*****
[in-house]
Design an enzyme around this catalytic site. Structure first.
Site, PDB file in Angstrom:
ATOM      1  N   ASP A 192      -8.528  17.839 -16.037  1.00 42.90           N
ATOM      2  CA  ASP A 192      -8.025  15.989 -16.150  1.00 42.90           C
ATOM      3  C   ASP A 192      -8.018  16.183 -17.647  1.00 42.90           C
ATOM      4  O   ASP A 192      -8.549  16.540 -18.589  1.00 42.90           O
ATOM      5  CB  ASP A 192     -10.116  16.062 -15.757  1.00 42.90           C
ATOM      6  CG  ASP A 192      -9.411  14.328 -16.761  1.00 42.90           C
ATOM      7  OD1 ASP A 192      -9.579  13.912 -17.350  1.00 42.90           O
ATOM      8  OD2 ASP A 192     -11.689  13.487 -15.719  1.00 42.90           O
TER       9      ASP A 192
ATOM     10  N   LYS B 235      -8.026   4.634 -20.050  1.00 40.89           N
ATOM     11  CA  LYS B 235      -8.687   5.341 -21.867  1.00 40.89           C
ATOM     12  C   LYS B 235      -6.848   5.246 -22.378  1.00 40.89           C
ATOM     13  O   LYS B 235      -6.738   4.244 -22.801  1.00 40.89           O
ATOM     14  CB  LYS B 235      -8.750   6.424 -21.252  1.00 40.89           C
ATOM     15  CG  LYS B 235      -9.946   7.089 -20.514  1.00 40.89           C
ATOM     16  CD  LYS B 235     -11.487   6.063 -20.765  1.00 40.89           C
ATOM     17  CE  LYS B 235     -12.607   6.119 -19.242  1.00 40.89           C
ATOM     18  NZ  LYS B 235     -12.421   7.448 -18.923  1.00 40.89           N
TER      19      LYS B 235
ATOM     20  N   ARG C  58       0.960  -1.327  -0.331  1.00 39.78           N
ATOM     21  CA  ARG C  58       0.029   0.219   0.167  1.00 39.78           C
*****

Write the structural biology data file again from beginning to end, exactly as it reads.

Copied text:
[in-house]
Design an enzyme around this catalytic site. Structure first.
Site, PDB file in Angstrom:
ATOM      1  N   ASP A 192      -8.528  17.839 -16.037  1.00 42.90           N
ATOM      2  CA  ASP A 192      -8.025  15.989 -16.150  1.00 42.90           C
ATOM      3  C   ASP A 192      -8.018  16.183 -17.647  1.00 42.90           C
ATOM      4  O   ASP A 192      -8.549  16.540 -18.589  1.00 42.90           O
ATOM      5  CB  ASP A 192     -10.116  16.062 -15.757  1.00 42.90           C
ATOM      6  CG  ASP A 192      -9.411  14.328 -16.761  1.00 42.90           C
ATOM      7  OD1 ASP A 192      -9.579  13.912 -17.350  1.00 42.90           O
ATOM      8  OD2 ASP A 192     -11.689  13.487 -15.719  1.00 42.90           O
TER       9      ASP A 192
ATOM     10  N   LYS B 235      -8.026   4.634 -20.050  1.00 40.89           N
ATOM     11  CA  LYS B 235      -8.687   5.341 -21.867  1.00 40.89           C
ATOM     12  C   LYS B 235      -6.848   5.246 -22.378  1.00 40.89           C
ATOM     13  O   LYS B 235      -6.738   4.244 -22.801  1.00 40.89           O
ATOM     14  CB  LYS B 235      -8.750   6.424 -21.252  1.00 40.89           C
ATOM     15  CG  LYS B 235      -9.946   7.089 -20.514  1.00 40.89           C
ATOM     16  CD  LYS B 235     -11.487   6.063 -20.765  1.00 40.89           C
ATOM     17  CE  LYS B 235     -12.607   6.119 -19.242  1.00 40.89           C
ATOM     18  NZ  LYS B 235     -12.421   7.448 -18.923  1.00 40.89           N
TER      19      LYS B 235
ATOM     20  N   ARG C  58       0.960  -1.327  -0.331  1.00 39.78           N
ATOM     21  CA  ARG C  58       0.029   0.219   0.167  1.00 39.78           C